As the Jerry Sandusky trial moves through more days of sordid testimony from an array of claimed victims, the question lingers: what does Sandusky have to gain from this trial? The weight of accusations from 8 accusers certainly appears to doom the beleaguered former coach. If this tidal wave of evidence is methodically drowning him why did Sandusky put himself through this?
The short answer is: because he has the right to under the Constitution. The Fifth Amendment grants him, and every other defendant, the right to due process of law. Those rights are more clearly spelled out in the Sixth Amendment. He has the right to a public trial with the assistance of counsel. More importantly, that amendment grants him the right to confront and cross examine his accusers.
But does a criminal defendant exercise those rights in a seemingly un-winable case? It happens frequently in our courts. The decision whether to seek a trial or resolve the case through plea negotiations often turns on the offers being made by the prosecution for resolution. In sexual assault cases defendants are offered a premium if they are willing to forgo trial for a guilty plea. The prosecution is always driven, foremost, by consideration of the victims. Sparing young victims the ordeal of public testimony will generally earn most defendants consideration in sentencing.
There are cases, however, where the prosecution offers are so high that the defendant has little choice but to put the case to its proof. In the instance of a 68 year old believed to be a serial predator significant incarceration would accompany any plea bargain offered. For that defendant there is little difference between accepting a lengthy jail sentence on a guilty plea and being sentenced to a greater term after trial.
How much consideration could the Sandusky prosecutors offer to induce a plea to spare the accusers? With eight young men claiming multiple assaults any offer, had one even been made, would lead to a jail sentence that in our business we describe as “telephone numbers” that is, it’s made up of a lot of digits.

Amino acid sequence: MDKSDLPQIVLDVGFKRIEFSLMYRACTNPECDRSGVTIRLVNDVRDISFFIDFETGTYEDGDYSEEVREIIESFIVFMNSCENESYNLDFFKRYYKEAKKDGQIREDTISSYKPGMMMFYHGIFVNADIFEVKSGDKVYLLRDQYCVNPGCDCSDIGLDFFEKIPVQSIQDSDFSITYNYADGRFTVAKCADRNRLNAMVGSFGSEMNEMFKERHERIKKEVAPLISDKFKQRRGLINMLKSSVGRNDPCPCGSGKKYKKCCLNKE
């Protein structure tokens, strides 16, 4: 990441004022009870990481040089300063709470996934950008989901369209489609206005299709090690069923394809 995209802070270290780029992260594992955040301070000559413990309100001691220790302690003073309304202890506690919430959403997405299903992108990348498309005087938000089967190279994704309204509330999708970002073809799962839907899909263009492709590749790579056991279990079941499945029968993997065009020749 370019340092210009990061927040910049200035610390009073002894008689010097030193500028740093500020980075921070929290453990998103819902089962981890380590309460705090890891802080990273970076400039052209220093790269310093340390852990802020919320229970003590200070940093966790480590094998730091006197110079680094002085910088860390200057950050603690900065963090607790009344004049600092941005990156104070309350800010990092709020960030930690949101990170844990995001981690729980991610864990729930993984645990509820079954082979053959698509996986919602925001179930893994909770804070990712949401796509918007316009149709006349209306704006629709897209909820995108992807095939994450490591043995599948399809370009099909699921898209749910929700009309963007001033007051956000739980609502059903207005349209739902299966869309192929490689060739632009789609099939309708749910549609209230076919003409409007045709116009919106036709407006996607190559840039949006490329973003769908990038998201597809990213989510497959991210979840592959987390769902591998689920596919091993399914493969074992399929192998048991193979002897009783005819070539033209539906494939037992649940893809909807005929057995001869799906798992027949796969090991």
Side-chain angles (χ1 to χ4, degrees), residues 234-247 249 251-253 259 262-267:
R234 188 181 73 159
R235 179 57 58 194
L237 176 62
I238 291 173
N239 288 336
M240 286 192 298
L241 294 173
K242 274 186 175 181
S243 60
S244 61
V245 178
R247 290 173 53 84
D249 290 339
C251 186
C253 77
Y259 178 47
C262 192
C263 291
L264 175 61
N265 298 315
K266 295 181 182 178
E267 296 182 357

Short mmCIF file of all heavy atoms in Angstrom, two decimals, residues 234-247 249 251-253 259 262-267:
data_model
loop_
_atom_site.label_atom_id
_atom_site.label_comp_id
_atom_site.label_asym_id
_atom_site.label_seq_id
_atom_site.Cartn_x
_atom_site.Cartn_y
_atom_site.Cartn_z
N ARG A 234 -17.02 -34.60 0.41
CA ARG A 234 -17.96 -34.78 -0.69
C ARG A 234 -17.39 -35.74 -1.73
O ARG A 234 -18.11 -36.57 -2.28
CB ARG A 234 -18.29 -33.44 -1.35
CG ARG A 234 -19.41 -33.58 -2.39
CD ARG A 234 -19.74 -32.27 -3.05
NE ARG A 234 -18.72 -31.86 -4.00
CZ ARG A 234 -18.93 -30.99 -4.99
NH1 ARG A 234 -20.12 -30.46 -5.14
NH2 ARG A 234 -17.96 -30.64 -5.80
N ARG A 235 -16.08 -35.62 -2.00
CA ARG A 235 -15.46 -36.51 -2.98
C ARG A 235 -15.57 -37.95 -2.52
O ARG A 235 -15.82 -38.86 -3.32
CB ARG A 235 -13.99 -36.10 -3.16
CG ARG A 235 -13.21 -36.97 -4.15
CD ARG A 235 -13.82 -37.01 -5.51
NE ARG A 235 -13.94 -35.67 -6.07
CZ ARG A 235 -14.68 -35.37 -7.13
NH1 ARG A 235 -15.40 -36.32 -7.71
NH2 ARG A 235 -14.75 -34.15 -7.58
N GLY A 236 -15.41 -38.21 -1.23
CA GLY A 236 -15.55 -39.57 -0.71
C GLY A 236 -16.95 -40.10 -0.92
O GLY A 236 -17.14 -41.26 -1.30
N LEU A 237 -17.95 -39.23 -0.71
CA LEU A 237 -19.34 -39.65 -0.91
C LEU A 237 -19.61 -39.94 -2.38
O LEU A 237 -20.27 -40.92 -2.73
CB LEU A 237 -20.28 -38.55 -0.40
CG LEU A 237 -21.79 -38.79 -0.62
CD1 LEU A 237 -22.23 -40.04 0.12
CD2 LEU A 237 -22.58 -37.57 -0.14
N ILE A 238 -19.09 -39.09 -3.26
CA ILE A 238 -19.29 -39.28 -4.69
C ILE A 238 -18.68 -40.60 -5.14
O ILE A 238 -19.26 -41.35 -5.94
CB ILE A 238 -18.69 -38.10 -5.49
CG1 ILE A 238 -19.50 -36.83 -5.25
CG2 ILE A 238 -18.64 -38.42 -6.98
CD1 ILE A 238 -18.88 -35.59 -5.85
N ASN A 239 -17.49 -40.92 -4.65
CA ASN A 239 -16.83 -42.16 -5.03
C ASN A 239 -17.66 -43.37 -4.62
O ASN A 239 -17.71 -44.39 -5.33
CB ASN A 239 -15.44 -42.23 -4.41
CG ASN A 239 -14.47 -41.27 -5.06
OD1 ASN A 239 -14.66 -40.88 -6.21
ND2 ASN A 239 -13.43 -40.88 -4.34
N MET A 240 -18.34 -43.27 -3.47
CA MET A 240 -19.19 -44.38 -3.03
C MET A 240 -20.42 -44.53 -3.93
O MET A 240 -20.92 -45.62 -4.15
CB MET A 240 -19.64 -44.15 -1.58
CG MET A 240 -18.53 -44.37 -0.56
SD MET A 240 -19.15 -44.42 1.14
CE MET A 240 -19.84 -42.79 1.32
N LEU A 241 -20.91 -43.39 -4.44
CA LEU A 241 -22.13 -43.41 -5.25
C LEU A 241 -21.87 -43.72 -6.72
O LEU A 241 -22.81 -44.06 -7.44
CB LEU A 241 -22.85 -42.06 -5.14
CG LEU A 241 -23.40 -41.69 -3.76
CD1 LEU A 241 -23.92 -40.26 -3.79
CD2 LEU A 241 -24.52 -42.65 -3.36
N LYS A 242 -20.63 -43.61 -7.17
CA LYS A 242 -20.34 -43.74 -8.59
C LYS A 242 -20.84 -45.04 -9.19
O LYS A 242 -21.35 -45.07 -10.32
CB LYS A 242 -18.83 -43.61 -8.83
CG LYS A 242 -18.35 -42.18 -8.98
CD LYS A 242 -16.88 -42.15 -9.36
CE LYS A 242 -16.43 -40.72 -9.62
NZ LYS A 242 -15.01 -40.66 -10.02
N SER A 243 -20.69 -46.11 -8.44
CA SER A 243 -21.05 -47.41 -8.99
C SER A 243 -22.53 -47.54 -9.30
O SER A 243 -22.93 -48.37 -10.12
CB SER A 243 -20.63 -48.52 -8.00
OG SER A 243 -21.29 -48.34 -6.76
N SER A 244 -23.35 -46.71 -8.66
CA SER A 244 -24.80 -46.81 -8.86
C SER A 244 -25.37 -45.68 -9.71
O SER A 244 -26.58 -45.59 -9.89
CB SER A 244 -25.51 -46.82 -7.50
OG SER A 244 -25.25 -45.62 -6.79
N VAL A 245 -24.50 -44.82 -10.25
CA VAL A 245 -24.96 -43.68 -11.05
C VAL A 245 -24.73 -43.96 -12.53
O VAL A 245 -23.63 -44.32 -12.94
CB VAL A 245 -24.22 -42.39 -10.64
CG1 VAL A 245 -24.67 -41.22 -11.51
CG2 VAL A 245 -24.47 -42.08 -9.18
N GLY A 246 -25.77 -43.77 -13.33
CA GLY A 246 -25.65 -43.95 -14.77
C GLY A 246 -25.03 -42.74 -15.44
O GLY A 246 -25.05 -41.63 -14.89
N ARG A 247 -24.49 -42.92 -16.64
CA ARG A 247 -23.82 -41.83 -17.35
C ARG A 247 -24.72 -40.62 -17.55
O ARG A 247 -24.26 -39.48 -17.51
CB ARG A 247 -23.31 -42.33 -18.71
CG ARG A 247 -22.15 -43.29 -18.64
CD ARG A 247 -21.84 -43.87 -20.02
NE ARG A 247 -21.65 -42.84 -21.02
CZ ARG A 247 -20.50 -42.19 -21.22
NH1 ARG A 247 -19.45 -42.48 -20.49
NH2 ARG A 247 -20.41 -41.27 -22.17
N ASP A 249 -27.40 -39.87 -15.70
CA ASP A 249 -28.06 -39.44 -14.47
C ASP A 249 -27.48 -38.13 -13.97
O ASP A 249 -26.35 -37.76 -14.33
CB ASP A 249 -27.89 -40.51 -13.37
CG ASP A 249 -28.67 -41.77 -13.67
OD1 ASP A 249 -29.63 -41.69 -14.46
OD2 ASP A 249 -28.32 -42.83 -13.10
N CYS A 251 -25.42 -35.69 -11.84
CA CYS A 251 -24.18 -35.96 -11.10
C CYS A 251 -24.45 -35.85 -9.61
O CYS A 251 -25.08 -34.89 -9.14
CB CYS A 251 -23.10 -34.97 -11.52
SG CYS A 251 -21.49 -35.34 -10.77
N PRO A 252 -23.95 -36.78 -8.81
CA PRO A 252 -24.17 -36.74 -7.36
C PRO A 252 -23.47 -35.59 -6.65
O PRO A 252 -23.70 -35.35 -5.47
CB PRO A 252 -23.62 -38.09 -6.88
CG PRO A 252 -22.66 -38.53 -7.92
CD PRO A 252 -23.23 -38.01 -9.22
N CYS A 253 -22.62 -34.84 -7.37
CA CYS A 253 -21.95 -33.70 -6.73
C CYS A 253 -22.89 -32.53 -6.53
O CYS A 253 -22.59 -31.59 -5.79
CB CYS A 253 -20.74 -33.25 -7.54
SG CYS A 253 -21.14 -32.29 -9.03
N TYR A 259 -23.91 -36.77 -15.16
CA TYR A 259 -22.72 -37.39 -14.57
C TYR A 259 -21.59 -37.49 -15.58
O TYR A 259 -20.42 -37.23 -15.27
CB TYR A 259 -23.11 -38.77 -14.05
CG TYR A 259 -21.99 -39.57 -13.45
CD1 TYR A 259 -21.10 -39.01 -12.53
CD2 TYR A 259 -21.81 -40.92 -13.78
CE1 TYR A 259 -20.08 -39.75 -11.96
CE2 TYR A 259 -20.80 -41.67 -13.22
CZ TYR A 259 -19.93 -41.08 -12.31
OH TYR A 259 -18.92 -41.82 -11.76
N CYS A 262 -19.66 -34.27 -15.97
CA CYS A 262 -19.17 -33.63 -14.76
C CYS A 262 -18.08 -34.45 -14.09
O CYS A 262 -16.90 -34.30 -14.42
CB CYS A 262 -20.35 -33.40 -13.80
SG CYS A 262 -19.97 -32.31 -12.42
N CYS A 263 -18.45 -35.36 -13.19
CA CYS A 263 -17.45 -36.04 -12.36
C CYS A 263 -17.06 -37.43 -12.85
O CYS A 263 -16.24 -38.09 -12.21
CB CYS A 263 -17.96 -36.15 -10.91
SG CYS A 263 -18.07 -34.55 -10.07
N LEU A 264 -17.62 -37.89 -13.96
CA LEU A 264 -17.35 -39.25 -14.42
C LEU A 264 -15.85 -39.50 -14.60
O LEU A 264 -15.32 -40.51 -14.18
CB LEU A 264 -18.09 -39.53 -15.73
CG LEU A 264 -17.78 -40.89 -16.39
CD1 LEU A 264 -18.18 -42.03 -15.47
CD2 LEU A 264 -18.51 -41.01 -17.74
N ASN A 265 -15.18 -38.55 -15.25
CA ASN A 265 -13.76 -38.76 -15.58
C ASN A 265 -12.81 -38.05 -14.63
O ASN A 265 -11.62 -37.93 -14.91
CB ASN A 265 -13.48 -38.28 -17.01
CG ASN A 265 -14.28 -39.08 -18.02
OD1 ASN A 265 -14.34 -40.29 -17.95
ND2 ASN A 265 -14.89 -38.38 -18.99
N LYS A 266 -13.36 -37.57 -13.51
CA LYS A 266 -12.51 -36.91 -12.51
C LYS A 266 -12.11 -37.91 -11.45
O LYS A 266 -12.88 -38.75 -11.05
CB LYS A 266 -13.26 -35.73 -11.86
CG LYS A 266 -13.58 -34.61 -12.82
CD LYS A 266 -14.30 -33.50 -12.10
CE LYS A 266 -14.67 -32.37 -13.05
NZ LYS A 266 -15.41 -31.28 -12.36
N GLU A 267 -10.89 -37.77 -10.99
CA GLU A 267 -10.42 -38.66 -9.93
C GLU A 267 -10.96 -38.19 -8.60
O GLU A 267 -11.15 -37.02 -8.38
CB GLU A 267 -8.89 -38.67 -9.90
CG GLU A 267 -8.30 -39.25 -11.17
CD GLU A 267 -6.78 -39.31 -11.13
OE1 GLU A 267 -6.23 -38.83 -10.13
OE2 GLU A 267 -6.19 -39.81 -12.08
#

Another consideration for the defendant in a case like this, where proof seems so overwhelming, is to spare his family the ignominy of a public trial. That doesn’t appear to have been a motivating factor.
Defense lawyers also play a major role in this decision. Pity the defendant whose lawyer is so enamored with the prospect of trying a sensational case that he encourages a trial even though it is not in the client’s best interests. I am not suggesting that this occurred in Sandusky’s case but there is a seduction for lawyers to seize an opportunity to perform on a national stage. The allure of the cameras and the prospect of pulling off the major upset, like Casey Anthony, can sometimes overcome a lawyer’s best judgment.
Like patients seeking medical care for a serious ailment, defendants look to us for any sign of hope or chance that they can avoid prison. The over confident lawyer, or the lawyer motivated by self interest, can easily sway that person into a trial.
The former federal Public Defender in Chicago, Terry McCarthy, is renowned among lawyers for his lectures on the art of cross-examination. In one of his lectures that I have seen he discusses the task of a lawyer required to take to trial the seemingly un-winable case. He calls it “playing for the fumbles”– a fitting football analogy in this case. It means hoping that through some act of serendipity a mistake is made or a witness unravels and the losing cause is suddenly won. We don’t keep won/loss records in our business. If we did it would be interesting to see how many “fumbles” actually have occurred that led to surprise acquittals. I wouldn’t bet on that, just like I wouldn’t bet on Sandusky’s chances in this one.